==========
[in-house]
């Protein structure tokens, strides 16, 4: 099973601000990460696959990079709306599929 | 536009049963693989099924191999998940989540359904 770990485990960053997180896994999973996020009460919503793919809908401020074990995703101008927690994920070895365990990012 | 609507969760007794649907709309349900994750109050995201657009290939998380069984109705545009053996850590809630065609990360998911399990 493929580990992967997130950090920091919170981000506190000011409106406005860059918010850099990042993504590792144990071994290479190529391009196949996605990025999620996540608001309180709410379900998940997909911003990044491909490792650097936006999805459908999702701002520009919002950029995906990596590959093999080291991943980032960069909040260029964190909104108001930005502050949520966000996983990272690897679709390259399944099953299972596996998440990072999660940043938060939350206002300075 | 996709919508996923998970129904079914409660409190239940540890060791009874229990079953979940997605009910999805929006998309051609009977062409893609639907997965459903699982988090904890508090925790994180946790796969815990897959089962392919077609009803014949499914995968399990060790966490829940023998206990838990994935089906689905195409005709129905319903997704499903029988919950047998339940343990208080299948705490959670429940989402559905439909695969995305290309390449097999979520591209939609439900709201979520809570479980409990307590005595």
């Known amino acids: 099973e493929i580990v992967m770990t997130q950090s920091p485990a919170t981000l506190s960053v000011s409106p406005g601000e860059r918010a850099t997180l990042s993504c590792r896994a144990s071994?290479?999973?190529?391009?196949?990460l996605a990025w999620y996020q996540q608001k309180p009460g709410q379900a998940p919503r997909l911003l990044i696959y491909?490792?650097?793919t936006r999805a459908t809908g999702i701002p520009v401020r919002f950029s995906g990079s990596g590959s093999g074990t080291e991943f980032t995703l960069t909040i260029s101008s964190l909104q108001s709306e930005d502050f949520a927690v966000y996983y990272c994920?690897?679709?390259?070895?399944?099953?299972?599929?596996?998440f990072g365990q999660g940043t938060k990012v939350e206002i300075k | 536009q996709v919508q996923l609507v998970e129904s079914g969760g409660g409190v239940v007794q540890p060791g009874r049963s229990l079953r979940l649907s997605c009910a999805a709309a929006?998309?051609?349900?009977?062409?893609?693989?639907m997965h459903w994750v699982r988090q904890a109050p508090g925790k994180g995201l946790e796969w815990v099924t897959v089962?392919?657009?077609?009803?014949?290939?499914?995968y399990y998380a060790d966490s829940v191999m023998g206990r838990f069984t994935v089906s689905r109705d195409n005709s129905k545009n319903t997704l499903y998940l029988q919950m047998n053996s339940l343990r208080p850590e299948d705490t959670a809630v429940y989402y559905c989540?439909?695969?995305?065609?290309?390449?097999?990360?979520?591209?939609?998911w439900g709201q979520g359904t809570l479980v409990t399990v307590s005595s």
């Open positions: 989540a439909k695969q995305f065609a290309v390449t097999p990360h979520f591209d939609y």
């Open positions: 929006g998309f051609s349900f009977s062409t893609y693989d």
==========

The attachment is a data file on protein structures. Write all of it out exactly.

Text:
[in-house]
């Protein structure tokens, strides 16, 4: 099973601000990460696959990079709306599929 | 536009049963693989099924191999998940989540359904 770990485990960053997180896994999973996020009460919503793919809908401020074990995703101008927690994920070895365990990012 | 609507969760007794649907709309349900994750109050995201657009290939998380069984109705545009053996850590809630065609990360998911399990 493929580990992967997130950090920091919170981000506190000011409106406005860059918010850099990042993504590792144990071994290479190529391009196949996605990025999620996540608001309180709410379900998940997909911003990044491909490792650097936006999805459908999702701002520009919002950029995906990596590959093999080291991943980032960069909040260029964190909104108001930005502050949520966000996983990272690897679709390259399944099953299972596996998440990072999660940043938060939350206002300075 | 996709919508996923998970129904079914409660409190239940540890060791009874229990079953979940997605009910999805929006998309051609009977062409893609639907997965459903699982988090904890508090925790994180946790796969815990897959089962392919077609009803014949499914995968399990060790966490829940023998206990838990994935089906689905195409005709129905319903997704499903029988919950047998339940343990208080299948705490959670429940989402559905439909695969995305290309390449097999979520591209939609439900709201979520809570479980409990307590005595």
């Known amino acids: 099973e493929i580990v992967m770990t997130q950090s920091p485990a919170t981000l506190s960053v000011s409106p406005g601000e860059r918010a850099t997180l990042s993504c590792r896994a144990s071994?290479?999973?190529?391009?196949?990460l996605a990025w999620y996020q996540q608001k309180p009460g709410q379900a998940p919503r997909l911003l990044i696959y491909?490792?650097?793919t936006r999805a459908t809908g999702i701002p520009v401020r919002f950029s995906g990079s990596g590959s093999g074990t080291e991943f980032t995703l960069t909040i260029s101008s964190l909104q108001s709306e930005d502050f949520a927690v966000y996983y990272c994920?690897?679709?390259?070895?399944?099953?299972?599929?596996?998440f990072g365990q999660g940043t938060k990012v939350e206002i300075k | 536009q996709v919508q996923l609507v998970e129904s079914g969760g409660g409190v239940v007794q540890p060791g009874r049963s229990l079953r979940l649907s997605c009910a999805a709309a929006?998309?051609?349900?009977?062409?893609?693989?639907m997965h459903w994750v699982r988090q904890a109050p508090g925790k994180g995201l946790e796969w815990v099924t897959v089962?392919?657009?077609?009803?014949?290939?499914?995968y399990y998380a060790d966490s829940v191999m023998g206990r838990f069984t994935v089906s689905r109705d195409n005709s129905k545009n319903t997704l499903y998940l029988q919950m047998n053996s339940l343990r208080p850590e299948d705490t959670a809630v429940y989402y559905c989540?439909?695969?995305?065609?290309?390449?097999?990360?979520?591209?939609?998911w439900g709201q979520g359904t809570l479980v409990t399990v307590s005595s």
């Open positions: 989540a439909k695969q995305f065609a290309v390449t097999p990360h979520f591209d939609y």
């Open positions: 929006g998309f051609s349900f009977s062409t893609y693989d």